Novel approaches for solving large-scale optimization problems on graphs
MetadataShow full item record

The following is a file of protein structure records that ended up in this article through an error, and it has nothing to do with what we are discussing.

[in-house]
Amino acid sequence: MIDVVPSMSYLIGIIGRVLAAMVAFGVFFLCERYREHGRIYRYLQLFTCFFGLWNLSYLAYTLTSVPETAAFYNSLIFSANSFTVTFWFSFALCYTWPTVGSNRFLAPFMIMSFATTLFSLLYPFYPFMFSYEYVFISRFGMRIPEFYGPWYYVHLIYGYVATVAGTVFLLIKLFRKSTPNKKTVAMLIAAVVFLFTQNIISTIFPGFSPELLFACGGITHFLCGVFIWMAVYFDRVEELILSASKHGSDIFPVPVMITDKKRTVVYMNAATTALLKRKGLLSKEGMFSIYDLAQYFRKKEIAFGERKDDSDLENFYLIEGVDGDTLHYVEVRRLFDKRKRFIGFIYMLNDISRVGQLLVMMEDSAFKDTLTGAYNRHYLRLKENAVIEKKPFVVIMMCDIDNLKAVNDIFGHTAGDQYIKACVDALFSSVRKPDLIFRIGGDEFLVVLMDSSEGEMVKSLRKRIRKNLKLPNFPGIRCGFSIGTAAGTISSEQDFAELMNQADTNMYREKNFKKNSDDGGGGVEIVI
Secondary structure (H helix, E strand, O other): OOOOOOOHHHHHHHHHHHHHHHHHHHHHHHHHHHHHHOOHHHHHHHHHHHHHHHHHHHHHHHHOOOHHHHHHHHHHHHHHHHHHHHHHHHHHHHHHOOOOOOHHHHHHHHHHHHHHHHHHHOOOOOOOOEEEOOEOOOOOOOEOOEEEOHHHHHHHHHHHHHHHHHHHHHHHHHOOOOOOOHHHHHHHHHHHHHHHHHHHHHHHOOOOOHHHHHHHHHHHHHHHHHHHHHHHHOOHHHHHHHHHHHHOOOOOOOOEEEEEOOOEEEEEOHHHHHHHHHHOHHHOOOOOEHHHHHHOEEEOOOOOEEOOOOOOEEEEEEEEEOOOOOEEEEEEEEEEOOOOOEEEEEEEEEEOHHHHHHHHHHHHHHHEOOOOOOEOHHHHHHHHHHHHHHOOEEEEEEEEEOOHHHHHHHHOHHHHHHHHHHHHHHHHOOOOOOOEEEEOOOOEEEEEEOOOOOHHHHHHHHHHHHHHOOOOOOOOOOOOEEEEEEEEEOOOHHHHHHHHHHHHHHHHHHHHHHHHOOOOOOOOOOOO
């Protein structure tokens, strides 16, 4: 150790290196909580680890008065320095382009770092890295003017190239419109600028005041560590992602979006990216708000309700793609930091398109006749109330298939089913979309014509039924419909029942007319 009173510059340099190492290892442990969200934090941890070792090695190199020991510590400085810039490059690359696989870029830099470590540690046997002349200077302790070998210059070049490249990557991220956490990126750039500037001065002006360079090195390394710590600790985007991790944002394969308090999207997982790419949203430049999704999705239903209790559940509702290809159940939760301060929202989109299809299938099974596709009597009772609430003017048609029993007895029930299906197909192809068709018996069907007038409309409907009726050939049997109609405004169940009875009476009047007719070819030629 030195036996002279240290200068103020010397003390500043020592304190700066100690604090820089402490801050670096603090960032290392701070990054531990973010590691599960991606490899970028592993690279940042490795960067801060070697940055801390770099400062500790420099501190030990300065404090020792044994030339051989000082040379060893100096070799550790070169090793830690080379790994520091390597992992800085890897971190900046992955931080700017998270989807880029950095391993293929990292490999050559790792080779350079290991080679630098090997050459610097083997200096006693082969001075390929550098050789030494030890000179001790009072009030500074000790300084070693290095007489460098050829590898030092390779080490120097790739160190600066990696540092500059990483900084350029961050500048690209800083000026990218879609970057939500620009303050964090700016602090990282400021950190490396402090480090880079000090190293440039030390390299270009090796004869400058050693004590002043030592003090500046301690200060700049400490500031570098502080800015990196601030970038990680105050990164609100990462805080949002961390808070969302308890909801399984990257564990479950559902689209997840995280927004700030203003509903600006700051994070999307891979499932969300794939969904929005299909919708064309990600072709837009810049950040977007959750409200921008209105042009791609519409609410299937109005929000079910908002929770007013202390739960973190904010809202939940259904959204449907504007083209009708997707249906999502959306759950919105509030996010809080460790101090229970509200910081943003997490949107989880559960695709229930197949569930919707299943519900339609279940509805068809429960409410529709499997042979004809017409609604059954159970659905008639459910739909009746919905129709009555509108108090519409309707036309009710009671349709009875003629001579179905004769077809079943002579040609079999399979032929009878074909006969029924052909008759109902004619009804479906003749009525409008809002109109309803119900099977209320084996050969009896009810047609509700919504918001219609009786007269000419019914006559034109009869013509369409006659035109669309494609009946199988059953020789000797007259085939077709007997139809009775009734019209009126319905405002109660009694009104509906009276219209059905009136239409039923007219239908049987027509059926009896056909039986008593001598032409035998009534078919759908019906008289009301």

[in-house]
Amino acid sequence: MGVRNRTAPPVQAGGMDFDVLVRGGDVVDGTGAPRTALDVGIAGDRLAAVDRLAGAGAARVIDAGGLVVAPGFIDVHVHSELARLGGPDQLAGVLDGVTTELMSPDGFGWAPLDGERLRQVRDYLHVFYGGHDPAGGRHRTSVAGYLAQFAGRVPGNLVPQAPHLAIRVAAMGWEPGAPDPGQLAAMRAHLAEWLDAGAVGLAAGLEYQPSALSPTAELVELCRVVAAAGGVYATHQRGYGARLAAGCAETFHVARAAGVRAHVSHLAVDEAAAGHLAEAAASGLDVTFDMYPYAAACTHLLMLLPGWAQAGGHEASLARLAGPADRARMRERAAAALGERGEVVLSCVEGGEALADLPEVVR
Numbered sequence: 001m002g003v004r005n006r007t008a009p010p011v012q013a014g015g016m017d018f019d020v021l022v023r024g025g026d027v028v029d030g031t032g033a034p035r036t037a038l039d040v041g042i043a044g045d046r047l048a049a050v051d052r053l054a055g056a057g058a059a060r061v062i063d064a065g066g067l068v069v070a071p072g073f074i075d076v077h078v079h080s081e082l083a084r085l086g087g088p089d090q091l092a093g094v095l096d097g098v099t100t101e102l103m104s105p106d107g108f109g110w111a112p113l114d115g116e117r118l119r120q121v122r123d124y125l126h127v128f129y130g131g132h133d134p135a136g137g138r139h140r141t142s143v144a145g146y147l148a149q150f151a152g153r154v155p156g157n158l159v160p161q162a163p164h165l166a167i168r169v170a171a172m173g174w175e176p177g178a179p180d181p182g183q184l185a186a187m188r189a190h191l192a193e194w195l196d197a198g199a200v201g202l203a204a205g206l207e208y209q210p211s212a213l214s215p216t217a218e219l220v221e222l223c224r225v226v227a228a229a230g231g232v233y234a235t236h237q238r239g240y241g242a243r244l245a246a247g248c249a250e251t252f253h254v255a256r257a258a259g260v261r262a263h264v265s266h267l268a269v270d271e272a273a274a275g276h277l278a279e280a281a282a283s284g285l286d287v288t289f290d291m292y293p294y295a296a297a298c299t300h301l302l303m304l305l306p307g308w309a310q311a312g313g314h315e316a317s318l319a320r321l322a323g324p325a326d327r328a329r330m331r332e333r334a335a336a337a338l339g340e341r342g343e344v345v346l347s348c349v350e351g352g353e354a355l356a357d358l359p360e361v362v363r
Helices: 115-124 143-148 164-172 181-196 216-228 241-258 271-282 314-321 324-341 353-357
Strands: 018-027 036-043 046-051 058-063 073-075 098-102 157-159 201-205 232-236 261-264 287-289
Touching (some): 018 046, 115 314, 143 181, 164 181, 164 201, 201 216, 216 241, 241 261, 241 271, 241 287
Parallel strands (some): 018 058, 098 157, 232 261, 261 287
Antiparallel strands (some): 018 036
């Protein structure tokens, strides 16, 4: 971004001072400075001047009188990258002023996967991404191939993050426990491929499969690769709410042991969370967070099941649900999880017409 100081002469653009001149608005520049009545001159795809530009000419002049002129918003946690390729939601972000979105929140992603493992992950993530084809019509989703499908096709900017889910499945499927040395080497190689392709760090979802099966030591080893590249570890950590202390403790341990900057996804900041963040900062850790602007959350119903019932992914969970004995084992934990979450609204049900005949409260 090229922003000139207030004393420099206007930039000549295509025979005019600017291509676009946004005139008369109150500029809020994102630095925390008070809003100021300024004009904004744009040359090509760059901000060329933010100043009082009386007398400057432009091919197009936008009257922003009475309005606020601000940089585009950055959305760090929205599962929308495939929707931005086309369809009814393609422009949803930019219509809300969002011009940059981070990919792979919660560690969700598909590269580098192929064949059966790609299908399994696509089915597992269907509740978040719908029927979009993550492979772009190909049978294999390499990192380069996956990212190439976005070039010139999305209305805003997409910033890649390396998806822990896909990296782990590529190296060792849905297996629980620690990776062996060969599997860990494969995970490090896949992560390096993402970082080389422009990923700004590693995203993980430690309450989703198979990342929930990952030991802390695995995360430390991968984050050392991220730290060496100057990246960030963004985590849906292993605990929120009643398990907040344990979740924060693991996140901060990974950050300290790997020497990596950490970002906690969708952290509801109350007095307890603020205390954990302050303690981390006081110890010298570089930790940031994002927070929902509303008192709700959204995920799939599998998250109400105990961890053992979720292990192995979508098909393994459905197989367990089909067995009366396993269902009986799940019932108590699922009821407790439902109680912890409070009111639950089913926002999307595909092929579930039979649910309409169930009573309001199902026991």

This dissertation considers a class of closely related NP-hard otpimization problems on graphs that arise in many important applications, including network-based data mining, analysis of the stock market, social networks, coding theory, fault diagnosis, molecular biology, biochemistry and genomics. In particular, the problems of interest include the classical maximum independent set problem (MISP) and maximum clique problem (MCP), their vertex-weighted vesrions, as well as novel optimization models that can be viewed as practical relaxations of their classical counterparts. The concept of clique has been a popular instrument in analysis of networks, and is, essentially, an idealized model of a ?closely connected group?, or a cluster. But, at the same time, the restrictive nature of the definition of clique makes the clique model impractical in many applications. This motivated the development of clique relaxation models that relax different properties of a clique. On the one hand, while still possessing some clique-like properties, clique relaxations are not as ?perfect? as cliques; and on the other hand, they do not exhibit the disadvantages associated with a clique. Using clique relaxations allows one to compromise between perfectness and flexibility, between ideality and reality, which is a usual issue that an engineer deals with when applying theoretical knowledge to solve practical problems in industry. The clique relaxation models studied in this dissertation were first proposed in the literature on social network analysis, however they have not been well investigated from a mathematical programming perspective. This dissertation considers new techniques for solving the MWISP and clique relaxation problems and investigates their effectiveness from theoretical and computational perspectives. The main results obtained in this work include (i) developing a scale-reduction approach for MWISP based on the concept of critical set and comparing it theoretically with other approaches; (ii) obtaining theoretical complexity results for clique relaxation problems; (iii) developing algorithms for solving the clique relaxation problems exactly; (iv) carrying out computational experiments to demonstrate the performance of the proposed approaches, and, finally, (v) applying the obtained theoretical results to several real-life problems.